Parts of the NHS plan to use predictive technology and video calling to help patients

Parts of the NHS plan to use video calling, wearable devices and predictive technology to improve how they care for patients.

In a joint initiative between Microsoft and IT healthcare firms System C and Graphnet, some NHS trusts are looking at adopting solutions to improve patient care and efficiency.

HealthVault Insights uses machine learning and analytics to bring together patient data from a range of sources, including wearables, so medical professionals can spot trends in people’s health. This allows doctors to create customized care plans for their patients, who can easily stay in contact through the HealthVault Insights app.

Azure machine learning uses that data from wearables to help patients. System C and Graphnet’s myCareCentric Epilespsy app, for example, looks at sleep patterns, exercise, heart rate and temperature and aims to “learn” when epilepsy patients are about to have a seizure.

Skype for Business will give clinicians the option to hold meetings and calls with each other and patients in a secure environment. Calls can also be recorded and added to clinical records.

“The ability to apply machine learning innovation in healthcare is key to alleviating some of the pressures on health and social care services worldwide,” said Heather Jordan Cartwright, group program manager in Microsoft Artificial Intelligence and Research at Microsoft. “We are really pleased to be working with System C and Graphnet as they deliver transformational solutions to patients and healthcare providers.”

Ian Denley, chief executive of System C, said technology such as machine learning and video calls will become more commonplace in healthcare in the future.

“Next generation healthcare IT is about agile clinician-friendly and patient-facing systems operating across care communities, and the integration of healthcare applications with modern communication tools. The day of traditional monolithic systems is almost over,” he said.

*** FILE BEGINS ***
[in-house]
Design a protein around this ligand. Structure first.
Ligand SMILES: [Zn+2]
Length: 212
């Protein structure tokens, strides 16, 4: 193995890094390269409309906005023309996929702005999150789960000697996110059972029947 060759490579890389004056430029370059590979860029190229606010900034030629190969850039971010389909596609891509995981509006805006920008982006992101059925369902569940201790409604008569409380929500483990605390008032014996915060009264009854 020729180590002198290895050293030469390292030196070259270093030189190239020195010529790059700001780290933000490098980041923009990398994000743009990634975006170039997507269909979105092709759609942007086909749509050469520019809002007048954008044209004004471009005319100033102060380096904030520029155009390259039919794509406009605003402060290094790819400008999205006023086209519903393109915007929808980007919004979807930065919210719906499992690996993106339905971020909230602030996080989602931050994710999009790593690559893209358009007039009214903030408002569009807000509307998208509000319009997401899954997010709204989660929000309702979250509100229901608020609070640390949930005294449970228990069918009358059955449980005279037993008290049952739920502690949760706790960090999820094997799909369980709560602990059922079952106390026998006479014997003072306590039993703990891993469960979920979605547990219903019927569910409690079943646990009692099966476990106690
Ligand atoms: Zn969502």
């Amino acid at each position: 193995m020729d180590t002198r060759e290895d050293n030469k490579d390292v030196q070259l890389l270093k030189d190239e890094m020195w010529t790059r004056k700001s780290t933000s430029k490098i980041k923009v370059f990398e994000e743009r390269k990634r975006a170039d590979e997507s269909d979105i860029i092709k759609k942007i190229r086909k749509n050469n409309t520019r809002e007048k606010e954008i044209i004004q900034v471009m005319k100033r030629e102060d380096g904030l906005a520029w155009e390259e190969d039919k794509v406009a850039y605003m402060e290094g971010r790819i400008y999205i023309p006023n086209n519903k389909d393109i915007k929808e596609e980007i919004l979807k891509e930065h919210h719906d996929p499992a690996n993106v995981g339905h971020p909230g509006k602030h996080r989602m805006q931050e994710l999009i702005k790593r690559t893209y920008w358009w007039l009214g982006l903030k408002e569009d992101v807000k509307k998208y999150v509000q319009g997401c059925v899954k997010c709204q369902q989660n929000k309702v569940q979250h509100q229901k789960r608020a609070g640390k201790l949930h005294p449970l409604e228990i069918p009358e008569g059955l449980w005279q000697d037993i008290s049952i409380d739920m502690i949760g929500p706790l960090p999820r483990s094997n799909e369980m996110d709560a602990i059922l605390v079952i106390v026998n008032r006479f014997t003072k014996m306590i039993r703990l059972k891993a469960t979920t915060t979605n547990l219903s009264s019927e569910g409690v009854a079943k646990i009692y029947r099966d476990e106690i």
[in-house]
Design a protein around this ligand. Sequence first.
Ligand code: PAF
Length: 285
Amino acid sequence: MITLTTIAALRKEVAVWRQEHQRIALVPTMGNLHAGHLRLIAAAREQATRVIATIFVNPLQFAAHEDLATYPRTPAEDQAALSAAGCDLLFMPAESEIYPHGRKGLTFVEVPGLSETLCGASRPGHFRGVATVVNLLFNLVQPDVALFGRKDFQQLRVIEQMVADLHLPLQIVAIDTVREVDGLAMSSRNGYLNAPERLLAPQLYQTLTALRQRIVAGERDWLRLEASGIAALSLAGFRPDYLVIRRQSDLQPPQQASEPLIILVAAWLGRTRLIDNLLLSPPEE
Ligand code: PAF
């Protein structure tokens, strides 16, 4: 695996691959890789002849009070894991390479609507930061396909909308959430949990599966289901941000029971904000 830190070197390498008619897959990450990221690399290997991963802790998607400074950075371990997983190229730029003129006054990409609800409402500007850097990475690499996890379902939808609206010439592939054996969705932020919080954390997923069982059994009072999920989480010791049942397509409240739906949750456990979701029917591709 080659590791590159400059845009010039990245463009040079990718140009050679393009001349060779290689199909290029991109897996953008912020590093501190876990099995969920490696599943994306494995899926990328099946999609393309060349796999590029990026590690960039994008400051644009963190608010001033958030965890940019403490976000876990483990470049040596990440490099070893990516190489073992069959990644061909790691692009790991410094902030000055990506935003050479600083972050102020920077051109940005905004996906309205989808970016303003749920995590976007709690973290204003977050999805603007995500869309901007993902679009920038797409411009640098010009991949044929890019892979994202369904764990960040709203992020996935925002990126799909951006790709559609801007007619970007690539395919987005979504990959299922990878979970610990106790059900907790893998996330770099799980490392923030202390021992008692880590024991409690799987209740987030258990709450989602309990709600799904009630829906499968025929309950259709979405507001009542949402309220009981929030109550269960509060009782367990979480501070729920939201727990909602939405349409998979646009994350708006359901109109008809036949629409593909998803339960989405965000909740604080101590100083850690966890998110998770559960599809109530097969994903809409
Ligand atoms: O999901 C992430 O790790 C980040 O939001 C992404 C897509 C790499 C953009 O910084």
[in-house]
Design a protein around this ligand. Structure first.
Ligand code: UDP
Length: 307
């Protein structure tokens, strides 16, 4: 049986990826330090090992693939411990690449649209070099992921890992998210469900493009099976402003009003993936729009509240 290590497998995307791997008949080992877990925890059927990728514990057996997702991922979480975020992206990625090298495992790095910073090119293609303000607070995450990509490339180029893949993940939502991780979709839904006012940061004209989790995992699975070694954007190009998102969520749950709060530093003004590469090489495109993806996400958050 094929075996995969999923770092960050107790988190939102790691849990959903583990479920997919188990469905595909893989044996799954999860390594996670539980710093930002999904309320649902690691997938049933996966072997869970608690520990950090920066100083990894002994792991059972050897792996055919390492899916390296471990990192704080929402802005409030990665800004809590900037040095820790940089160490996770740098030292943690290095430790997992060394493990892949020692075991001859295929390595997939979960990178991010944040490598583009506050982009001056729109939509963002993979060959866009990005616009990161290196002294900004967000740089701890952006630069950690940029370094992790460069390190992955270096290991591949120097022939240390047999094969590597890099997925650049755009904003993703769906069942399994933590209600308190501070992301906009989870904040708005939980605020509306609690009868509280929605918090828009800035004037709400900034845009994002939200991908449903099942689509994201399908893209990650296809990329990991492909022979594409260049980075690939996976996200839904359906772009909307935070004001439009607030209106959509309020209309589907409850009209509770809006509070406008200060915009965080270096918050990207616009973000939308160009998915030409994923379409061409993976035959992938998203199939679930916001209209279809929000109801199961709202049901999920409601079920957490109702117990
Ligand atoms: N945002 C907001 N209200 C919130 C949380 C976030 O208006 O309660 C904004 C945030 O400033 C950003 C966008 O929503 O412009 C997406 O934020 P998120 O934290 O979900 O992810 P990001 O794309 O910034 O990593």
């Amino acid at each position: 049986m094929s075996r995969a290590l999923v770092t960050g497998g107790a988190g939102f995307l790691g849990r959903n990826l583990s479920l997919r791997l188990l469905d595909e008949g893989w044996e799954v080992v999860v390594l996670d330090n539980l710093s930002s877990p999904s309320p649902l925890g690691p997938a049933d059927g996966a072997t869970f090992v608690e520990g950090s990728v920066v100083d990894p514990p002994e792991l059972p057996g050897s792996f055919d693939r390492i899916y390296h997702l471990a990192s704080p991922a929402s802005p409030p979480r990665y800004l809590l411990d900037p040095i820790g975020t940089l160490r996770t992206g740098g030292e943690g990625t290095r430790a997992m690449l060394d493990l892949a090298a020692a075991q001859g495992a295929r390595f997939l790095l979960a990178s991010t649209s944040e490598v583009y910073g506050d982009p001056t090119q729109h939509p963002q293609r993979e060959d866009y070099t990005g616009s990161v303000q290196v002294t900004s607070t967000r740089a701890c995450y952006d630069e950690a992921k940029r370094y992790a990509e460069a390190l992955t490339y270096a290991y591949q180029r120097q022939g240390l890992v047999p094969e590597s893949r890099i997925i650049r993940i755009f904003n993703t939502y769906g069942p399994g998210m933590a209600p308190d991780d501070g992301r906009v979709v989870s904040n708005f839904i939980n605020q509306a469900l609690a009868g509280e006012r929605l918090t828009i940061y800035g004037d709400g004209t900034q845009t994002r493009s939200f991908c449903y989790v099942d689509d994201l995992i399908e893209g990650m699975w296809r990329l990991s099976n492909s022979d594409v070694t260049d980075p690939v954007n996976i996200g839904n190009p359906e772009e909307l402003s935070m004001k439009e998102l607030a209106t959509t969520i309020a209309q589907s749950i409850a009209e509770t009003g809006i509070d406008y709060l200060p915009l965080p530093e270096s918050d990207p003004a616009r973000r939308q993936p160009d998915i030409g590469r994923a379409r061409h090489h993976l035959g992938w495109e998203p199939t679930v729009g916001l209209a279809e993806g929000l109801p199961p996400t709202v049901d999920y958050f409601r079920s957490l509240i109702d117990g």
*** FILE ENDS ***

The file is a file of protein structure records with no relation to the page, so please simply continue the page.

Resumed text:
The agreement with parts of the NHS came as Microsoft unveiled plans to help the healthcare sector.

The technology company announced the launch of Healthcare NExT, a collaboration between Microsoft’s artificial intelligence (AI) and research unit and healthcare partners. Microsoft will offer training, technology, engineering expertise and data to firms in the alliance, the first of whom is the University of Pittsburgh Medical Center (UPMC). The $13 billion UPMC is made up of more than 25 hospitals, a three-million-member health plan and 3,600 clinicians.

“Despite UPMC’s efforts to stay on the leading edge of technology, too often our clinicians and patients feel as though they’re serving the technology rather than the other way around. With Microsoft, we have a shared vision of empowering clinicians by reducing the burden of electronic paperwork and allowing the doctor to focus on the sacred doctor-patient relationship,” said Steven D Shapiro, MD, chief medical and scientific officer of UPMC and president of UPMC’s Health Services division.

Other Microsoft initiatives include allowing companies to build AI-powered chatbots, while Azure will be used to tackle the $450 billion problem of healthcare fraud.